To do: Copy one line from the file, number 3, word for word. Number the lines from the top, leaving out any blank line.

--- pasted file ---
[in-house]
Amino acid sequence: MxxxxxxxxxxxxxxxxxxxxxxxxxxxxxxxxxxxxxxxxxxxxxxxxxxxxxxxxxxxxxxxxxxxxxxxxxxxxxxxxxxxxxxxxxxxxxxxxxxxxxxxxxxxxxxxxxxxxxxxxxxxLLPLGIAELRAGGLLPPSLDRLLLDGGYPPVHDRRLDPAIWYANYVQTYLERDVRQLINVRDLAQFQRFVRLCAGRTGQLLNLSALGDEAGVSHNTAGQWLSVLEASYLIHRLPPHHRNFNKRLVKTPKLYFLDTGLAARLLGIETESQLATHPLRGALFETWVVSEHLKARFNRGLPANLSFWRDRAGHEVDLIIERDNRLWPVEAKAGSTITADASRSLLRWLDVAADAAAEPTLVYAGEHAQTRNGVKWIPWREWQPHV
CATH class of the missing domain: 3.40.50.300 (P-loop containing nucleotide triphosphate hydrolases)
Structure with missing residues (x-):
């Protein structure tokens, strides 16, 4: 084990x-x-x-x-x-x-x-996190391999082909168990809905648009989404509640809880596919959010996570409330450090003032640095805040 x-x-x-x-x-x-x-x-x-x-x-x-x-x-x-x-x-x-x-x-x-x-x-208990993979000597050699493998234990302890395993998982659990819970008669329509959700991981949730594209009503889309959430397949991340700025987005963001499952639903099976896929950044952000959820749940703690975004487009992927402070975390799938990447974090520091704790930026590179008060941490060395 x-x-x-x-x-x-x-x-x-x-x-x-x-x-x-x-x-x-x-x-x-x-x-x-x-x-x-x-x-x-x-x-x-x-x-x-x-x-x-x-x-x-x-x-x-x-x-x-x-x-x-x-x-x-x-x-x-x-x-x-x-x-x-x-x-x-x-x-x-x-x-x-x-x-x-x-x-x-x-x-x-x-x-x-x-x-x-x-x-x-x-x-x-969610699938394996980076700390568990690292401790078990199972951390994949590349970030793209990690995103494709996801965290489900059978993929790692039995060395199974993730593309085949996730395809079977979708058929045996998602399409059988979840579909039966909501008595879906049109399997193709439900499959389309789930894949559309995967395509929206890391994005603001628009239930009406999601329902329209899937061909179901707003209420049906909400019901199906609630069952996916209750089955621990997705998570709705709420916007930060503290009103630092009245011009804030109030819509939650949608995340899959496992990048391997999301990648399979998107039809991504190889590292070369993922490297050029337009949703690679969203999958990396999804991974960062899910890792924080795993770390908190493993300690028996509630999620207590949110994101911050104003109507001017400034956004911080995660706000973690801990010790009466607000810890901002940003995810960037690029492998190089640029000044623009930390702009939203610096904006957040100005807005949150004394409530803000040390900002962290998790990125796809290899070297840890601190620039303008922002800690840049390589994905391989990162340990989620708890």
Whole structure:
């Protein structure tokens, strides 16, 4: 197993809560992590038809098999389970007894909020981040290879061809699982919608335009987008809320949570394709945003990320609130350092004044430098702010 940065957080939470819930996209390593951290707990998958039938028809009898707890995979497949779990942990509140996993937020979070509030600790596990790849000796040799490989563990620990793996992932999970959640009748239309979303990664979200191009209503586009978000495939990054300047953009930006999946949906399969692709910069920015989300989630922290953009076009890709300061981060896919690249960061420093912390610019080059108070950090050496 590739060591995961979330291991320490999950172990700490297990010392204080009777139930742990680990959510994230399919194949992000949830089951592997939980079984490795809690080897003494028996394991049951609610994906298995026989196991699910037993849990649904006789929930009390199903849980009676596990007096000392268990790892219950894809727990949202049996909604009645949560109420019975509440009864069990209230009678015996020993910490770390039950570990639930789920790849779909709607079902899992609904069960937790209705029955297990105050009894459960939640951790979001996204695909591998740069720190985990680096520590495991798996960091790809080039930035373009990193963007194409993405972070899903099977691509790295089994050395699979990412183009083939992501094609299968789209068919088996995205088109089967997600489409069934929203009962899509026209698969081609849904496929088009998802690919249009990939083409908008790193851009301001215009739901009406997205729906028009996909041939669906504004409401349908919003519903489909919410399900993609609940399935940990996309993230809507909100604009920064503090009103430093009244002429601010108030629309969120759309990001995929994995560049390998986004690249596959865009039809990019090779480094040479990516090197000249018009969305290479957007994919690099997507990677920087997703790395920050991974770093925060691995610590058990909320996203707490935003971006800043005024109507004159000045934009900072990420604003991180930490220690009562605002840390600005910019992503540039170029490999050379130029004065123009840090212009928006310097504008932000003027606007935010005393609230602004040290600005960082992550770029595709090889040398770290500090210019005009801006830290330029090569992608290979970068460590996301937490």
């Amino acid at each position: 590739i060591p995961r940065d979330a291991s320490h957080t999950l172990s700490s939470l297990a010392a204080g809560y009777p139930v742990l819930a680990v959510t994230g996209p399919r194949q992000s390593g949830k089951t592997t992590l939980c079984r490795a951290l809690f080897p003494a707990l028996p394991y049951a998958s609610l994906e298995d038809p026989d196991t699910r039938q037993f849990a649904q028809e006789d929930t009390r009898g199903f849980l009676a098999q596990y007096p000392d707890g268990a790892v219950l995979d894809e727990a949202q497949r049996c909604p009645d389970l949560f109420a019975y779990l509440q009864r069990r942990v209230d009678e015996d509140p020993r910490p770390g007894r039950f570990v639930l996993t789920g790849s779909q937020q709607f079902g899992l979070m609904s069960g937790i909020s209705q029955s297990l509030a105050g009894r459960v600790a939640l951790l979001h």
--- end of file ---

CATH class of the missing domain: 3.40.50.300 (P-loop containing nucleotide triphosphate hydrolases)